Islands in the Stream: One man, three places

Ernest Hemingway’s Islands in the Stream is a three-part novel. Its sections are connected by characters and settings, but are totally different in tone.

Well-read copy of Islands in the Stream

The first section, Bimini, introduces Thomas Hudson, a twice-divorced painter living happily with his personal devils by keeping to a rigid schedule for working and drinking.

His three sons come to visit during their summer holidays. Tom and an old friend, writer Roger Davis, keep the boys busy swimming and fishing.

After the end of their vacation, Tom’s two sons by his second wife are killed in a car accident.

The second section, Cuba, is set during World War II. Tom has just learned that last remaining son has been killed in the war.

When reasonably sober, Tom does reconnaissance work for the US military, using his own boat. During most of the Cuba section, Tom sits in a bar and drinks.

The third section, At Sea, has Tom and his crew tracking survivors of a sunken German U-boat who, in their escape, massacred a village. In a shoot-out, Tom is badly, perhaps fatally wounded.

Islands will probably appeal to Hemingway fans. Those bored by watching others fish or drink, will probably quit reading long before the massacre.

Islands in the Stream by Ernest Hemingway
Scribner, [1970] 466 p.
1970 bestseller #3. My grade: B

Historical note: Islands in the Stream was one of over 300 of Ernest Hemingway’s unpublished works his widow, Mary Hemingway, found after her husband’s death.

© 2018 Linda Gorton Aragoni

The Old Man and the Sea is short and phosphorescent

Varadero beach, Cuba.

It’s impossible to say anything really bad about Ernest Hemingway’s 1952 literary classic The Old Man and the Sea.

In the first place, it’s awfully short—I read it standing up at the local laundromat while my clothes sloshed and tumbled. A book that short doesn’t really give you much to not like.

If short isn’t enough, it’s also simple.

The characters are simple: an old man and a fish.

The plot is simple: man catches fish, man loses fish.

The dialog is simple, too: the old man has all the lines.

Even the vocabulary is simple, if you ignore phosphorescence, which Hemingway likes to throw into the story every so often, just to show he knows some big words.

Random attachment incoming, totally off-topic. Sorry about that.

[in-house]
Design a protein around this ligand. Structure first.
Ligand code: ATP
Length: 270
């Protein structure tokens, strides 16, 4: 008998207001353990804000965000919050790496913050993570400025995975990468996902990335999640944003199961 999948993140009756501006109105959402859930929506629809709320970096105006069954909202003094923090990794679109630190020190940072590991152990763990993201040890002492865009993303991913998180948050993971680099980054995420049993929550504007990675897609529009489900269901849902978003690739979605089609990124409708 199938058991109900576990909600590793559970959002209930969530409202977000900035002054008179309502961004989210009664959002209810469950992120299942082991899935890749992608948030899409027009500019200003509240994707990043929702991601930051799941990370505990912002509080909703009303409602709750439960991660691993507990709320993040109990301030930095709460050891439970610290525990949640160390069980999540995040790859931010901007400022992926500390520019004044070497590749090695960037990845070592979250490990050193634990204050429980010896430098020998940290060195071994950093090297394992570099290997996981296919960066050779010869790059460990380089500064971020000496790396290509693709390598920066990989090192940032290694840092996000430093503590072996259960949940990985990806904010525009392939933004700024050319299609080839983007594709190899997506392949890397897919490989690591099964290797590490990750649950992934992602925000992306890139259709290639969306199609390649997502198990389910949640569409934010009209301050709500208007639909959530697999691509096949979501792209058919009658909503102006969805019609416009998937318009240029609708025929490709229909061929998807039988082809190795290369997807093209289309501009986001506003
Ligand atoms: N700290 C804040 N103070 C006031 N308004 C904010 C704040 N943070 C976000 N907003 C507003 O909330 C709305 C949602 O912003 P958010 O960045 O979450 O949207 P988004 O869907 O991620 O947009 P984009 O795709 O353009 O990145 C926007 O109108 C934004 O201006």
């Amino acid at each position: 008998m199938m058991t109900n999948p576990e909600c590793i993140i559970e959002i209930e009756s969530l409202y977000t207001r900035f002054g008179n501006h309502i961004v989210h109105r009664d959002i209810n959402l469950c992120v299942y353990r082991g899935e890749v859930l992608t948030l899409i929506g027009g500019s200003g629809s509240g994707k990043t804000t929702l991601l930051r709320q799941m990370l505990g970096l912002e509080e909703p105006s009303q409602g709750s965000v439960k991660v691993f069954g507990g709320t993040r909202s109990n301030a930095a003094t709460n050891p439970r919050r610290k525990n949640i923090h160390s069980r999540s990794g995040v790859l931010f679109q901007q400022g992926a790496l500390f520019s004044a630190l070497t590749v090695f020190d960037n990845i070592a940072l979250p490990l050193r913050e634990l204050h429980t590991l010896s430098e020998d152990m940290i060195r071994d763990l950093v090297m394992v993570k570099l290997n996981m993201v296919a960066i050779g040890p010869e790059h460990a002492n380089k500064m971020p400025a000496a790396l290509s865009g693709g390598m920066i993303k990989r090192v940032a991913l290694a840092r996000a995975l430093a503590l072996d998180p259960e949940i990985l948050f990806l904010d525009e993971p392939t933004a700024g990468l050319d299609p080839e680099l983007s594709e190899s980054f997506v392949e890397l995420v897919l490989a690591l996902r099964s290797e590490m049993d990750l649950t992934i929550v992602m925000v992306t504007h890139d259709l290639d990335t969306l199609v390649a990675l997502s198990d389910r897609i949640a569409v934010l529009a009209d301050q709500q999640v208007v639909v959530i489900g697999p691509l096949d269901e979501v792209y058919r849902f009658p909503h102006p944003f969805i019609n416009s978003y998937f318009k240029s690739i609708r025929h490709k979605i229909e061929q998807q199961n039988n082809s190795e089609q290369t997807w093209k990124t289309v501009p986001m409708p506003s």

Probably the worst thing you can say about The Old Man and the Sea is that it’s Literature, with a capital L. That means there is deep significance to the story. The old man isn’t just an old man, he’s All Men; and the fish isn’t just a fish, it’s human aspiration; and sharks aren’t sharks, but adversity with fins.

If you aren’t into Literature with a capital L, just watch the laundry tumble: it’s more interesting than this novel.

The Old Man and the Sea
Ernest Hemingway
Scribner’s, 1952
140 pages
1952 Bestseller #7
My grade: C
 
Photo credit: Varadero beach, uploaded by ZaNuDa http://www.sxc.hu/photo/1379279
© 2012 Linda Gorton Aragoni

My top pics from the 1941 bestseller list

The 1941 bestseller list  contains two  fine novels:  For Whom the Bell Tolls (a hold-over from 1940’s bestseller list) and The Sun is My Undoing.

For Whom the Bell Tolls is a classic by an acknowledged master of fiction, Ernest Hemingway. It is the superior book in terms of its literary quality. However, it’s subject—an insider view of an insurgency—seems positively wimpy compared The Sun is My Undoing by an untouted novelist, Marguerite SteenSteen writes about the  slave trade from the perspective of a slave trader

The rest of the 1941 line consists of relatively undistinguished novels of which James Hilton’s Random Harvest is best known and H. M. Purlham, Esquire by John P. Marquand is the best written.

Linda Gorton Aragoni

Carryovers from 1940

Two novels on the 1941 bestseller list were also on the 1940 list.  Their reviews were posted along with those for the year they made their first appearance.

For Whom the Bell Tolls by Ernest Hemingway, which was in fourth place in 1940, slipped to fifth in 1941.

Oliver Wiswell by Kenneth Roberts, which was in seventh place in 1940 crept up to sixth place in 1940.

If you didn’t read them last year when they were in the rota, look for them now. They are worth reading.